‘The majority are guided by historical understanding’
Peter Bil’ak is a Slovak writer and designer, principal of the type foundry Typotheque and a founding editor of Dot Dot Dot. He also teaches at the Royal Academy of Arts in the Hague.
I suppose every generation must have its Golden Age – Linotype had one, as did Berthold, ITC, Emigre, and FontShop – but a current Golden Age shared by all? Hmm.
Type design has matured into a creative discipline where a majority of typographers are guided by an historical understanding of the word, but there is room for experimentation. This is a sign of self-awareness in type design.
Consider the non-Roman characters in Adobe’s Garamond Premier Pro. There have been other Greek adaptations of famous typefaces, but usually they do not deviate from predominant biases or current market demands. Garamond Premier looks back and reinterprets the original faithfully. Its Greek letters are clearly different from the Latin characters. There may be little market need for such a typeface, but the Byzantine and scribal influences are a radical departure from twentieth-century norms, showing the designer’s confidence.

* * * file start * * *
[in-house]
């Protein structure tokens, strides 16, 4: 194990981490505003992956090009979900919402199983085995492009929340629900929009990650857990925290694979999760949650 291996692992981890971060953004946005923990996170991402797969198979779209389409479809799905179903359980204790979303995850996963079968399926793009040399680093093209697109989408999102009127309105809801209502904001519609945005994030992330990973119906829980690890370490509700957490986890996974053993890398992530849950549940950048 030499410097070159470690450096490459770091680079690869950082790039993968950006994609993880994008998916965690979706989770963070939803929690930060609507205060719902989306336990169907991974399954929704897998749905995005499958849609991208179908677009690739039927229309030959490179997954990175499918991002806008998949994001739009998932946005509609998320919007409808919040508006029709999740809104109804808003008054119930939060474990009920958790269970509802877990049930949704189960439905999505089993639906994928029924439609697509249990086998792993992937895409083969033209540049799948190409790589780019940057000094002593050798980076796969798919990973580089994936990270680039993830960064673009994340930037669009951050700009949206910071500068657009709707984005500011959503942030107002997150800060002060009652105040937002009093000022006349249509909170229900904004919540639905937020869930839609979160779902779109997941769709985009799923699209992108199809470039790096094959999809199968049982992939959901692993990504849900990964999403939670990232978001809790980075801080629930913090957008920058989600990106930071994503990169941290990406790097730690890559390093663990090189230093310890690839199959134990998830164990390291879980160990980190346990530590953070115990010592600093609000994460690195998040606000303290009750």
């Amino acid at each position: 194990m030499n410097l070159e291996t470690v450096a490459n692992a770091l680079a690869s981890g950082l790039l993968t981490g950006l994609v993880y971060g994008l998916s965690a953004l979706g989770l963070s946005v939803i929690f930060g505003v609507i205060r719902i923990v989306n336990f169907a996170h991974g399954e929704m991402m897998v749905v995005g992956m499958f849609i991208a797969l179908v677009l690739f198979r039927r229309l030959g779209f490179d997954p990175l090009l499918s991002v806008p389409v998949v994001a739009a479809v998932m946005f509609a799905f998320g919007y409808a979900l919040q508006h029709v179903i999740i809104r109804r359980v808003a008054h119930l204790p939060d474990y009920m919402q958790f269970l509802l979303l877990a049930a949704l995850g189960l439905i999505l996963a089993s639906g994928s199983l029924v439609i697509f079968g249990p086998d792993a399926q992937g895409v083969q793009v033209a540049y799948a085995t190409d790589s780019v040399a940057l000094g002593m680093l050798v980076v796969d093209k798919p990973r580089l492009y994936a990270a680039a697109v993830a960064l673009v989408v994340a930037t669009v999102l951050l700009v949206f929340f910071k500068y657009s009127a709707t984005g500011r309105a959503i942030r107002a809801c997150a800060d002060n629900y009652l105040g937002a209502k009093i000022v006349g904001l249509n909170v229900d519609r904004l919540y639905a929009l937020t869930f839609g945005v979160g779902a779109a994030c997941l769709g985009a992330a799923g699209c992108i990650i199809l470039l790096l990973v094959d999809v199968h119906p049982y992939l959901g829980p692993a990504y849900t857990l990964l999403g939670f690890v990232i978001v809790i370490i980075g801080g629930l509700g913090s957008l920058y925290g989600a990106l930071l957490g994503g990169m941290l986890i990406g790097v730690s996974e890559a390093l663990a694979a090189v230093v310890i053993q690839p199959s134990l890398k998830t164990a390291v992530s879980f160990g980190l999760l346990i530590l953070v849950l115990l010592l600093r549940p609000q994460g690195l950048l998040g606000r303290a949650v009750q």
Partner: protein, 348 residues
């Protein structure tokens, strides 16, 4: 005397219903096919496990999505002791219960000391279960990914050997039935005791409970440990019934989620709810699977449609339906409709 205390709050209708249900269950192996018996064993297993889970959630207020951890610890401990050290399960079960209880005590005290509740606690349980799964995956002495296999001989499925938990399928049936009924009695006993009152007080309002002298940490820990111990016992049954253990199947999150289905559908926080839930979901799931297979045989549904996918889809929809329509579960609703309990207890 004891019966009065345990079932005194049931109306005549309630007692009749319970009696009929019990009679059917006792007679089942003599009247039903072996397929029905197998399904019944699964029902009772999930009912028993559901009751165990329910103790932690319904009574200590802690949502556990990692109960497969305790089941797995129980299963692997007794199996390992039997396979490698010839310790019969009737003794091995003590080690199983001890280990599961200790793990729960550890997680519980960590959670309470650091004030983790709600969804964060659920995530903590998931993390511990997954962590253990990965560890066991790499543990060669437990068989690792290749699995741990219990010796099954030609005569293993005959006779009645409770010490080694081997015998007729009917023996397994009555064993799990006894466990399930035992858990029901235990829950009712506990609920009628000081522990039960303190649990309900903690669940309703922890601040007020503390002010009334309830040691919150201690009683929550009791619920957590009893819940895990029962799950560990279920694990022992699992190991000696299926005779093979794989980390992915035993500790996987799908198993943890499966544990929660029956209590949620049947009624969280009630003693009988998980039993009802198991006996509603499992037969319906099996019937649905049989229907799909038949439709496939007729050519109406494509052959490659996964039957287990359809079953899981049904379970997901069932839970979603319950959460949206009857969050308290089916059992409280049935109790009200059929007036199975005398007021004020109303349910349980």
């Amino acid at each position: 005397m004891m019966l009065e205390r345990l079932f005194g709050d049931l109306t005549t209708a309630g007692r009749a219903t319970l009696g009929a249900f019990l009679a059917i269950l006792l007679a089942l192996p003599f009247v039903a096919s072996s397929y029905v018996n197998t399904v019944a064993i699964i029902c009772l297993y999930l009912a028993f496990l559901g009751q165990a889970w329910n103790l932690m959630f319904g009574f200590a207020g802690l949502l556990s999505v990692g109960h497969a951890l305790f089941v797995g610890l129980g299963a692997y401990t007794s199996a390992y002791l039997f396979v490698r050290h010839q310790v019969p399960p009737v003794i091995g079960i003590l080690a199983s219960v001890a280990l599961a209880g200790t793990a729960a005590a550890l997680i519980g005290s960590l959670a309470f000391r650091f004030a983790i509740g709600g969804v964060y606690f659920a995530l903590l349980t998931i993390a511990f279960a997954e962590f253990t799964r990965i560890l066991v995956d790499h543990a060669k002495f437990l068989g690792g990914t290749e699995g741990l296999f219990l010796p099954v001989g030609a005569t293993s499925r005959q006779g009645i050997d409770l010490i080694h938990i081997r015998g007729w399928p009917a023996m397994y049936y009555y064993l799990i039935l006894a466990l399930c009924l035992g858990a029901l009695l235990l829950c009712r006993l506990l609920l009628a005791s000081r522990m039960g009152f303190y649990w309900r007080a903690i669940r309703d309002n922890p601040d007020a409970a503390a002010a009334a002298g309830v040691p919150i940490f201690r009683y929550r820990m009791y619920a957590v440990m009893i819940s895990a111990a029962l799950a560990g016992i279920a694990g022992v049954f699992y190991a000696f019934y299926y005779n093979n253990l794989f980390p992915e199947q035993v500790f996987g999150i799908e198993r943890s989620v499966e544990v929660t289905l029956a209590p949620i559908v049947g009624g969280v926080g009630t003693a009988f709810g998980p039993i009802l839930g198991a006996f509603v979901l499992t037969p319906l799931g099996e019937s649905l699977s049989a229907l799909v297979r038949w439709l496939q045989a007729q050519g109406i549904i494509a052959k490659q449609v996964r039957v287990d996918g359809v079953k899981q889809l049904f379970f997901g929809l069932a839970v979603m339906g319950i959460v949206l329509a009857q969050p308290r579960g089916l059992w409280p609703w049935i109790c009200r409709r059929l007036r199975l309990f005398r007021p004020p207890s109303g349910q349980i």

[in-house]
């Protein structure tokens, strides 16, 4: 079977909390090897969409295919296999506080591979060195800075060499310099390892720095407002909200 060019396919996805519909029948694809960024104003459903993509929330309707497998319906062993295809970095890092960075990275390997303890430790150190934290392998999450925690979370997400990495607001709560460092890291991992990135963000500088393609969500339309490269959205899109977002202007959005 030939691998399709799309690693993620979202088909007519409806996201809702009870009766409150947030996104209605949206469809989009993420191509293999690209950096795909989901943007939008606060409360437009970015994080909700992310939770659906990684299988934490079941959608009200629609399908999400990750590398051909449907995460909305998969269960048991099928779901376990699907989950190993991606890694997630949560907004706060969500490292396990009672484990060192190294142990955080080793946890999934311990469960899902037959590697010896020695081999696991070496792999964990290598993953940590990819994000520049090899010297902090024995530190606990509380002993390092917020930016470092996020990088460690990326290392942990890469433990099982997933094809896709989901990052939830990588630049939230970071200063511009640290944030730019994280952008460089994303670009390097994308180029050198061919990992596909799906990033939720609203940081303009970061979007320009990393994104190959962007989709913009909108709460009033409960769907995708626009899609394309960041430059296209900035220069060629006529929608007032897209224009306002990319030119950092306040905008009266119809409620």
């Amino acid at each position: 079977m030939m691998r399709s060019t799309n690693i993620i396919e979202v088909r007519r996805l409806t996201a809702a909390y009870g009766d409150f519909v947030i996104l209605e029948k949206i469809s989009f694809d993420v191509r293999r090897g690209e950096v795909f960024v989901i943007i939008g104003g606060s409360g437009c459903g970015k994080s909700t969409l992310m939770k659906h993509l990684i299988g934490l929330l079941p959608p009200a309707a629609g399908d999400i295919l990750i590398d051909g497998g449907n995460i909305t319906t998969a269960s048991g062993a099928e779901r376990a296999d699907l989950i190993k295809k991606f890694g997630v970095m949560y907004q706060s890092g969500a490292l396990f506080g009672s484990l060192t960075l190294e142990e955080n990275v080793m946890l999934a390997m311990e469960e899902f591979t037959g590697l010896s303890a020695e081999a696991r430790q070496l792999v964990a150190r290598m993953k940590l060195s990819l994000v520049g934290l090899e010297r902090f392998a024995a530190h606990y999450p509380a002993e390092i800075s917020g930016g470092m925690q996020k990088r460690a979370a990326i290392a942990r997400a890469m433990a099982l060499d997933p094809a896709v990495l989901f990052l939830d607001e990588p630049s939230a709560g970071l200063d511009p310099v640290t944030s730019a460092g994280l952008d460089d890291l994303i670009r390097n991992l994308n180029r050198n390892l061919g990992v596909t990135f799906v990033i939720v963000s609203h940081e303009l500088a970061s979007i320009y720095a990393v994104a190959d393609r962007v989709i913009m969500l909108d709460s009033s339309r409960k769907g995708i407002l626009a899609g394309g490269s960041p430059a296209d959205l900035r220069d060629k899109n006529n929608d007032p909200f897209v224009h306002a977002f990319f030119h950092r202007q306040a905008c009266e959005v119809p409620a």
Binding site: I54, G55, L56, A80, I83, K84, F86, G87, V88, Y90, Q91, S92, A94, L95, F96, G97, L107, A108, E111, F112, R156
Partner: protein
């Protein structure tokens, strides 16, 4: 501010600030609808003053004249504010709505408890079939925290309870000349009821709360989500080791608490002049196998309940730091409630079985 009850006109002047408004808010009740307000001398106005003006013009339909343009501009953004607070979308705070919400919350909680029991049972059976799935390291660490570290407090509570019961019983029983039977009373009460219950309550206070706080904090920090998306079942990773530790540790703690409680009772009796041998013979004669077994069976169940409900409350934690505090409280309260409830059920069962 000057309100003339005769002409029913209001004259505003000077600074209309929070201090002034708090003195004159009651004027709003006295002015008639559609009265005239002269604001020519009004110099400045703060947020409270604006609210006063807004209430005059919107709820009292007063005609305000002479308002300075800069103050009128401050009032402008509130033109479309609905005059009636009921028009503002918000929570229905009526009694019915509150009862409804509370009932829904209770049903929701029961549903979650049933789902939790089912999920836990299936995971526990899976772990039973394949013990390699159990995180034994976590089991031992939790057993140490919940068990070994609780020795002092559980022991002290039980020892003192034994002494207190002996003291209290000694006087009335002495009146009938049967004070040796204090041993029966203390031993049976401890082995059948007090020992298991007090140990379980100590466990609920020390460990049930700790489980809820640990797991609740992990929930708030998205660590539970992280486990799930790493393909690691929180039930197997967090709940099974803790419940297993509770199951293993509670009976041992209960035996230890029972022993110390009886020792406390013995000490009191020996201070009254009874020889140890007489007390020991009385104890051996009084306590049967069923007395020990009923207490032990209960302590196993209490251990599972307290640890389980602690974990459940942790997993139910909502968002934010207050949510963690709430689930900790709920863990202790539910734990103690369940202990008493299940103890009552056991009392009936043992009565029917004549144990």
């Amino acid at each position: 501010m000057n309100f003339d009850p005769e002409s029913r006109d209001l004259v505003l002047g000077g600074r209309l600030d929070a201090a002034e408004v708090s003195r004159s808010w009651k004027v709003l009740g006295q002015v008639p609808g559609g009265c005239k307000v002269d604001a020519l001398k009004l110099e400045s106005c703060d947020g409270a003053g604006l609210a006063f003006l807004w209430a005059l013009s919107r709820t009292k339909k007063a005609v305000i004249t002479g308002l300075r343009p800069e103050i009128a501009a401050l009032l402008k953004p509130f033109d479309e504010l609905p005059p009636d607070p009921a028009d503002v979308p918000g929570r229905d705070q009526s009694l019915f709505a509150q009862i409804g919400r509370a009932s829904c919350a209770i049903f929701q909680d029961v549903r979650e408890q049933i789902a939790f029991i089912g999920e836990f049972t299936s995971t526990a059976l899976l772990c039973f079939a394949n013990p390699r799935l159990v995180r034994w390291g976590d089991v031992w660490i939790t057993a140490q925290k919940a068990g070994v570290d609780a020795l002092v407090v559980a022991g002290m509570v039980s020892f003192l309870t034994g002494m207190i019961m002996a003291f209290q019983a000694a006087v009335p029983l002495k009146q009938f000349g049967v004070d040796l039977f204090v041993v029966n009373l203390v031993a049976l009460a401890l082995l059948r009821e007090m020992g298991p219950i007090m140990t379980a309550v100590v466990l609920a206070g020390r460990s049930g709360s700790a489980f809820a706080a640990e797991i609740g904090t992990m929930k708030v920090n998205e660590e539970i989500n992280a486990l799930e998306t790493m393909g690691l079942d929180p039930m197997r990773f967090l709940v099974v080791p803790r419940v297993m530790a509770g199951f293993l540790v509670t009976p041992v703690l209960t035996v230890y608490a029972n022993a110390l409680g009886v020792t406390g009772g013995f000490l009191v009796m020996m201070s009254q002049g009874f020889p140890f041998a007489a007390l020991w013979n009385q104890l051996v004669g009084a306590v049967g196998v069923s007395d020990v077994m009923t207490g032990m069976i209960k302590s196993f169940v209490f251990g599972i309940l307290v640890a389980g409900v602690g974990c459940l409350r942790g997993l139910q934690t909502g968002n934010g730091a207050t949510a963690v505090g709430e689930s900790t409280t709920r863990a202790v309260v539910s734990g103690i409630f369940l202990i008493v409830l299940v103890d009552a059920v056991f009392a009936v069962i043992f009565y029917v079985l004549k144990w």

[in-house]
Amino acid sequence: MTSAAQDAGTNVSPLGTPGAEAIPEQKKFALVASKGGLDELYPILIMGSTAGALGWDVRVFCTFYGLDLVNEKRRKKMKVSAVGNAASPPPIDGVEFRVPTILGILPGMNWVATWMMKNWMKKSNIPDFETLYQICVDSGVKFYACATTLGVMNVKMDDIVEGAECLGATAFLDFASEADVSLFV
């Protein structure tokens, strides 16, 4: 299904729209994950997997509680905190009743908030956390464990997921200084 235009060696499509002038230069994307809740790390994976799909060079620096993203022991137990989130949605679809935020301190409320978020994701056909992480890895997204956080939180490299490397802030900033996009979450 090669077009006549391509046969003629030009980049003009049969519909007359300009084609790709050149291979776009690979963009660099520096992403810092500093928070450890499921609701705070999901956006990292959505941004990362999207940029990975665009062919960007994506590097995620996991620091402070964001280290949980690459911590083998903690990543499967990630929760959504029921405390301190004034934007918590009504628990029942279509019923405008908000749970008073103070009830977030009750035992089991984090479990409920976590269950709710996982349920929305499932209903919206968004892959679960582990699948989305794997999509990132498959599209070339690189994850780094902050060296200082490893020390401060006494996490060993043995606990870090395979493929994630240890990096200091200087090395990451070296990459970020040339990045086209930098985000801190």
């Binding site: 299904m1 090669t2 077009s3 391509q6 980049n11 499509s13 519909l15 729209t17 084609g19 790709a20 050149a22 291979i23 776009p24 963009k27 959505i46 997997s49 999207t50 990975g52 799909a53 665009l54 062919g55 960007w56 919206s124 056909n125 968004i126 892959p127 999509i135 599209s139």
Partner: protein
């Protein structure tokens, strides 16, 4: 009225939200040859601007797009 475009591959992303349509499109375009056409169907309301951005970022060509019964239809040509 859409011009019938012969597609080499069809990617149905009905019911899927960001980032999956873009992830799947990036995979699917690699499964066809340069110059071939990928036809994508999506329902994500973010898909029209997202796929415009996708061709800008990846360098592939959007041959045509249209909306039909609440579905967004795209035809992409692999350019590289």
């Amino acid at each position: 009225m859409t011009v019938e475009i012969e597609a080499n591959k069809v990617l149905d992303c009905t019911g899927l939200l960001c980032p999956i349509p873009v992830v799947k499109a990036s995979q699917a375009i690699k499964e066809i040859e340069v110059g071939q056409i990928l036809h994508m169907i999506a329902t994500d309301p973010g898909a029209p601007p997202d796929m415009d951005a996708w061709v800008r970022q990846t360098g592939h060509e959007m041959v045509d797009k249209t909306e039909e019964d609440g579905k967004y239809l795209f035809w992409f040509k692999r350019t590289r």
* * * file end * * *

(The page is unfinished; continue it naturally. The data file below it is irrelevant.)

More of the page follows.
Even more curious is its Cyrillic version, considering that there are no models in Renaissance type. In Claude Garamond’s time, Russians used Old Church Slavonic, which is very distant both from contemporary Cyrillic and from the letters in Garamond Premier Pro, which is an amalgamation of historical periods, carefully researched and adapted for the 21st century.
Peter Biľak, designer, Netherlands
First published in Eye no. 71 vol. 18 2009
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